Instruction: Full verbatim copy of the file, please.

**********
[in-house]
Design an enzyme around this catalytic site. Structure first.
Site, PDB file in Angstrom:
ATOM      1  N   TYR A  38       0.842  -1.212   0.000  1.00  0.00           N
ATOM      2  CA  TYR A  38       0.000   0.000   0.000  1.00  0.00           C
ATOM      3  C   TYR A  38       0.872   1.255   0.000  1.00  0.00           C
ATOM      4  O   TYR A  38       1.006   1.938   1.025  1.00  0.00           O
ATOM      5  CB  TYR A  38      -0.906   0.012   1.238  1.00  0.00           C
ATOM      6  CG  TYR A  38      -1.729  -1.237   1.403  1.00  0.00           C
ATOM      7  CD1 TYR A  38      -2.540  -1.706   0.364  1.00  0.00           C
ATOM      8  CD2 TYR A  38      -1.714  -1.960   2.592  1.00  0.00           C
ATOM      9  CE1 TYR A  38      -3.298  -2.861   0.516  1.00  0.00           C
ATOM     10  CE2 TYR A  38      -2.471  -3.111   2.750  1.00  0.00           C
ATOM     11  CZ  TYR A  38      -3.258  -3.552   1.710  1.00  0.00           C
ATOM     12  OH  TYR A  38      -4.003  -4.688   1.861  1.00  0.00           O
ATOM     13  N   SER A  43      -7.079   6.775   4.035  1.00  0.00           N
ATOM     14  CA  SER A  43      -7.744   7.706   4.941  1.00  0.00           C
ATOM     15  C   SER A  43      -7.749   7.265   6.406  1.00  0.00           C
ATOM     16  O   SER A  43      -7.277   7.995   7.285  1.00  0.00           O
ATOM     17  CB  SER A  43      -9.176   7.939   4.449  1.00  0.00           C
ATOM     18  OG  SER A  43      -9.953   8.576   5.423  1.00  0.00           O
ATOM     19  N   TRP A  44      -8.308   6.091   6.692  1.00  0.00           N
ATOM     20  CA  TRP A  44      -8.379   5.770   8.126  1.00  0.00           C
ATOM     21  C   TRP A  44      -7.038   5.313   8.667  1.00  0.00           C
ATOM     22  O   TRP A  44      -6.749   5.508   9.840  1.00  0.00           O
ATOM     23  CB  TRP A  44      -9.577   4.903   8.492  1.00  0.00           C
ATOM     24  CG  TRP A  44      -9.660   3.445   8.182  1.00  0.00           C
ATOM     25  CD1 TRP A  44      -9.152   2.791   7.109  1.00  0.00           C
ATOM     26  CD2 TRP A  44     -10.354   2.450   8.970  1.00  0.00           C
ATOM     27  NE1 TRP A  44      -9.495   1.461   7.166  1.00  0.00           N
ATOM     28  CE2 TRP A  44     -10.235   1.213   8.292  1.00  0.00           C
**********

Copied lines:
[in-house]
Design an enzyme around this catalytic site. Structure first.
Site, PDB file in Angstrom:
ATOM      1  N   TYR A  38       0.842  -1.212   0.000  1.00  0.00           N
ATOM      2  CA  TYR A  38       0.000   0.000   0.000  1.00  0.00           C
ATOM      3  C   TYR A  38       0.872   1.255   0.000  1.00  0.00           C
ATOM      4  O   TYR A  38       1.006   1.938   1.025  1.00  0.00           O
ATOM      5  CB  TYR A  38      -0.906   0.012   1.238  1.00  0.00           C
ATOM      6  CG  TYR A  38      -1.729  -1.237   1.403  1.00  0.00           C
ATOM      7  CD1 TYR A  38      -2.540  -1.706   0.364  1.00  0.00           C
ATOM      8  CD2 TYR A  38      -1.714  -1.960   2.592  1.00  0.00           C
ATOM      9  CE1 TYR A  38      -3.298  -2.861   0.516  1.00  0.00           C
ATOM     10  CE2 TYR A  38      -2.471  -3.111   2.750  1.00  0.00           C
ATOM     11  CZ  TYR A  38      -3.258  -3.552   1.710  1.00  0.00           C
ATOM     12  OH  TYR A  38      -4.003  -4.688   1.861  1.00  0.00           O
ATOM     13  N   SER A  43      -7.079   6.775   4.035  1.00  0.00           N
ATOM     14  CA  SER A  43      -7.744   7.706   4.941  1.00  0.00           C
ATOM     15  C   SER A  43      -7.749   7.265   6.406  1.00  0.00           C
ATOM     16  O   SER A  43      -7.277   7.995   7.285  1.00  0.00           O
ATOM     17  CB  SER A  43      -9.176   7.939   4.449  1.00  0.00           C
ATOM     18  OG  SER A  43      -9.953   8.576   5.423  1.00  0.00           O
ATOM     19  N   TRP A  44      -8.308   6.091   6.692  1.00  0.00           N
ATOM     20  CA  TRP A  44      -8.379   5.770   8.126  1.00  0.00           C
ATOM     21  C   TRP A  44      -7.038   5.313   8.667  1.00  0.00           C
ATOM     22  O   TRP A  44      -6.749   5.508   9.840  1.00  0.00           O
ATOM     23  CB  TRP A  44      -9.577   4.903   8.492  1.00  0.00           C
ATOM     24  CG  TRP A  44      -9.660   3.445   8.182  1.00  0.00           C
ATOM     25  CD1 TRP A  44      -9.152   2.791   7.109  1.00  0.00           C
ATOM     26  CD2 TRP A  44     -10.354   2.450   8.970  1.00  0.00           C
ATOM     27  NE1 TRP A  44      -9.495   1.461   7.166  1.00  0.00           N
ATOM     28  CE2 TRP A  44     -10.235   1.213   8.292  1.00  0.00           C